by Allison Arends
Keith Johnson v. Washburn County and Town of Spooner
(Wisconsin Court of Appeals, February 17, 2010)
In Wisconsin, state law provides towns (townships) with a role in the county zoning process. Under WIS. STAT. § 59.69(5)(e)3. if a town affected by a proposed rezoning disapproves of the proposed amendment, the town board of the town may file a certified copy of the resolution adopted by the board disapproving of the petition with the [county zoning] agency before, at or within 10 days after the public hearing.
The Johnsons owned property in the Town of Spooner in Washburn County. In an attempt to rezone their property from forestry classification to planned unit development, the Johnsons filed a rezoning petition with Washburn County. The County zoning administrator sent a formal two page document to the town board requesting the town’s recommendation whether to approve or deny the petition (as required by Wisconsin law). If the recommendation was to deny the petition, such denial must be made via a “certified copy of a resolution adopted by the town board” as required by WIS. STAT. 59.69(5)(e)6. The document provided spaces for the board to submit (1) their decision to recommend approval or denial of the petition (2) an explanation of that decision and (3) the signatures of the town chairman, supervisors, and clerk. The completed document was returned with only the word “denial” in the space for the recommendation and the signatures of the town chairman and two town supervisors, and countersigned by the town clerk. Although there was no indication of when or where the hearing was held, the town clerk dated the document July 10, 2007.
On September 18, 2007 the County approved the Johnson’s petition by adopting an amendatory ordinance over the Town’s denial. The Town responded by passing a formal resolution vetoing the County’s amended ordinance. As a result the zoning administrator notified the Johnson’s that their property would remain zoned forestry because the Town’s action, “effectively invalidated the ordinance amendment.”
The district court found,” the written submission to the zoning committee proper documentation of a town resolution disapproving the requested zoning change…” The Johnson’s appealed arguing that the July 10th denial did not constitute a certified copy of a resolution adopted by the town board, and that the vetoing of the County’s amendatory ordinance was irrelevant under WIS STAT 50.69(5)(e)6.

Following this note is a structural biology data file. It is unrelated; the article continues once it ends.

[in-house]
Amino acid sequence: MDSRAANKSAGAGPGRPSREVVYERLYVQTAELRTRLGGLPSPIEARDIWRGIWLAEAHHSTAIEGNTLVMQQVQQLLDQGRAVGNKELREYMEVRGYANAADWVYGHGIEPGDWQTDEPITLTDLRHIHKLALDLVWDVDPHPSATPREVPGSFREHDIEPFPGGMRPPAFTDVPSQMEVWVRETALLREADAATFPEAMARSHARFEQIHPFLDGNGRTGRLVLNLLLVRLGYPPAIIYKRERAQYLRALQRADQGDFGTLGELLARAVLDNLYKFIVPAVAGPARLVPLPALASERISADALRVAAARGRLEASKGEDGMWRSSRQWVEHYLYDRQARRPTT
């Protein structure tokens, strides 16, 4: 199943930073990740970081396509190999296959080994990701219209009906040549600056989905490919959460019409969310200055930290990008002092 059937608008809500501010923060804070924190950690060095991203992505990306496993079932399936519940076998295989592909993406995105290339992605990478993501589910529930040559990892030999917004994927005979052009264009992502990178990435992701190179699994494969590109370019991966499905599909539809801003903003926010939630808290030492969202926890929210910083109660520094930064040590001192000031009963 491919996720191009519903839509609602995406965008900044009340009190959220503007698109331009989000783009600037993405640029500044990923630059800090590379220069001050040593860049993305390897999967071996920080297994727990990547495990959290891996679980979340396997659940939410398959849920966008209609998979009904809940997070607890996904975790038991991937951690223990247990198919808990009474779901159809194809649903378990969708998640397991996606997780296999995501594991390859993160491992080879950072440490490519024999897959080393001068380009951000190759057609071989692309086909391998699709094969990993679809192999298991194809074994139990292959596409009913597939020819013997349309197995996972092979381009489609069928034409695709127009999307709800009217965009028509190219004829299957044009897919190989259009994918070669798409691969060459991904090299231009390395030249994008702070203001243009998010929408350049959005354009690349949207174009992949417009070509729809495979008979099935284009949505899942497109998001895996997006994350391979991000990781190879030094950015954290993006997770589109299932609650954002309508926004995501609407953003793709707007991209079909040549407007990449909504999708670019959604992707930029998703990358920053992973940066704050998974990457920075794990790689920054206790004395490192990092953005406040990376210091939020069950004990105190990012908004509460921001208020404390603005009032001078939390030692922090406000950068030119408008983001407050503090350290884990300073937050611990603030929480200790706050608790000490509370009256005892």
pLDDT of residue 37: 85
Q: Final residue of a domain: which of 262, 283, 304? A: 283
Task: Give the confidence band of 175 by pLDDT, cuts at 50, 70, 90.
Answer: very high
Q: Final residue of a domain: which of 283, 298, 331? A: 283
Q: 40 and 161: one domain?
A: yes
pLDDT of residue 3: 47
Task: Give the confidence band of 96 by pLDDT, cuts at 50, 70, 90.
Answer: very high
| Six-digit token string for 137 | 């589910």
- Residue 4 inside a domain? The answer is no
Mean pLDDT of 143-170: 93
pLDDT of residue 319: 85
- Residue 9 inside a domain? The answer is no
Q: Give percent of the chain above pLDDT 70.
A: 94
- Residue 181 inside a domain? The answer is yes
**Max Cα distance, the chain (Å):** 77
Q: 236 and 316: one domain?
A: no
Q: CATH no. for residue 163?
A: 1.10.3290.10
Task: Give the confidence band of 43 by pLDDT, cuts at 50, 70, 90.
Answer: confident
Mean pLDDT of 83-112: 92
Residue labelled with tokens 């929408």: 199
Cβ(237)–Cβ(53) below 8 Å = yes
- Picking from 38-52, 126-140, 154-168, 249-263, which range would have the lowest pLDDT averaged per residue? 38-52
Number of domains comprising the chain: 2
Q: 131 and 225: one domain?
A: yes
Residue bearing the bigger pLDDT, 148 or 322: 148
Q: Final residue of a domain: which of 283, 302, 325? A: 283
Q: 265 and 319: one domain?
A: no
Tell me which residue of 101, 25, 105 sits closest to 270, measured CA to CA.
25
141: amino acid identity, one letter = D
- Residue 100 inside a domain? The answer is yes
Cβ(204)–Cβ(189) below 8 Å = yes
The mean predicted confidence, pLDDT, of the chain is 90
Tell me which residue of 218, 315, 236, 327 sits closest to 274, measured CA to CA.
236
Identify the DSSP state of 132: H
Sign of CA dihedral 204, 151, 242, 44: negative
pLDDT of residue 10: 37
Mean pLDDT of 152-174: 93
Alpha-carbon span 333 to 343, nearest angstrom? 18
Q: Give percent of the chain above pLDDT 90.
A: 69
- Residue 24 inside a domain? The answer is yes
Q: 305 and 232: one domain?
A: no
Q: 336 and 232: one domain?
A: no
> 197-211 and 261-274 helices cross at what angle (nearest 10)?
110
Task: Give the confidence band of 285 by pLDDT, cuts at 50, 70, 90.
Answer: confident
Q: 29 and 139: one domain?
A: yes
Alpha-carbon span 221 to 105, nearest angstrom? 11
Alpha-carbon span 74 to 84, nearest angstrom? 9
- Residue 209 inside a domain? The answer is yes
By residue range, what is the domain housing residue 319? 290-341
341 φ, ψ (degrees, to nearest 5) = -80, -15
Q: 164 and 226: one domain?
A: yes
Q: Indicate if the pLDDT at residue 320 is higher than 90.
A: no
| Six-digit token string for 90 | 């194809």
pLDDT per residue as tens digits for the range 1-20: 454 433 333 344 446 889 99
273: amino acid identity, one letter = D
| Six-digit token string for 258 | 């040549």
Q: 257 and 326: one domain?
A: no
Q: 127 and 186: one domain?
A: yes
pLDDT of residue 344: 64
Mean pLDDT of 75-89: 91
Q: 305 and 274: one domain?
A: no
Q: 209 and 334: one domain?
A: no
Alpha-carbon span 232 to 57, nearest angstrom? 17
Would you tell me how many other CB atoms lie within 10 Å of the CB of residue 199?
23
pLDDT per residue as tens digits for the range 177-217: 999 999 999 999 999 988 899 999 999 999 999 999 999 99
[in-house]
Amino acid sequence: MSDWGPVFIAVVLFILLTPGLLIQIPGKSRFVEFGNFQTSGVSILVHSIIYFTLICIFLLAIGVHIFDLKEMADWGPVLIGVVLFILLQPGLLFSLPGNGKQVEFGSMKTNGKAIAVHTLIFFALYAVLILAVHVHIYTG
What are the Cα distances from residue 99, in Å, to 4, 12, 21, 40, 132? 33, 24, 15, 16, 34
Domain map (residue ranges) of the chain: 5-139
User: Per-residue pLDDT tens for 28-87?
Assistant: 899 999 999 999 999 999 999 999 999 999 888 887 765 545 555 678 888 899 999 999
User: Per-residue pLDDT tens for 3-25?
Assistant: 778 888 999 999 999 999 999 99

The question presented to the Court of Appeals was whether the form upon which the Town submitted its July 10 recommendation to the County constituted a certified copy of a resolution adopted by the town board under WIS. STAT. § 59.69(5)(e)3. The Court of Appeals concluded that it did not. “If the Town wished to object to the Johnsons’ petition, it was required to do so by passing a formal resolution, as it later did when disapproving the County’s amendatory ordinance.” Although the legislature intended the town board “to serve as a political check on the otherwise unfettered discretion of the county board in wielding its legislative zoning power,” the town board performs its function as a political check only by certifying to the county that its denial was considered at a properly-noticed public meeting at which a resolution was introduced and carried. Nothing in the record assures this occurred.
The court went on to note, “An amendatory ordinance is effective on passage if it makes only the change sought in the petition and if the petition was not approved by the town board pursuant to WIS STAT 59.69.” Therefore because the court found the town’s denial to be an improper resolution, the court decided that on remand, the circuit court would have to determine whether the amendatory ordinance complied with the requirements pursuant to WIS. STAT.59.69(5)(e)6.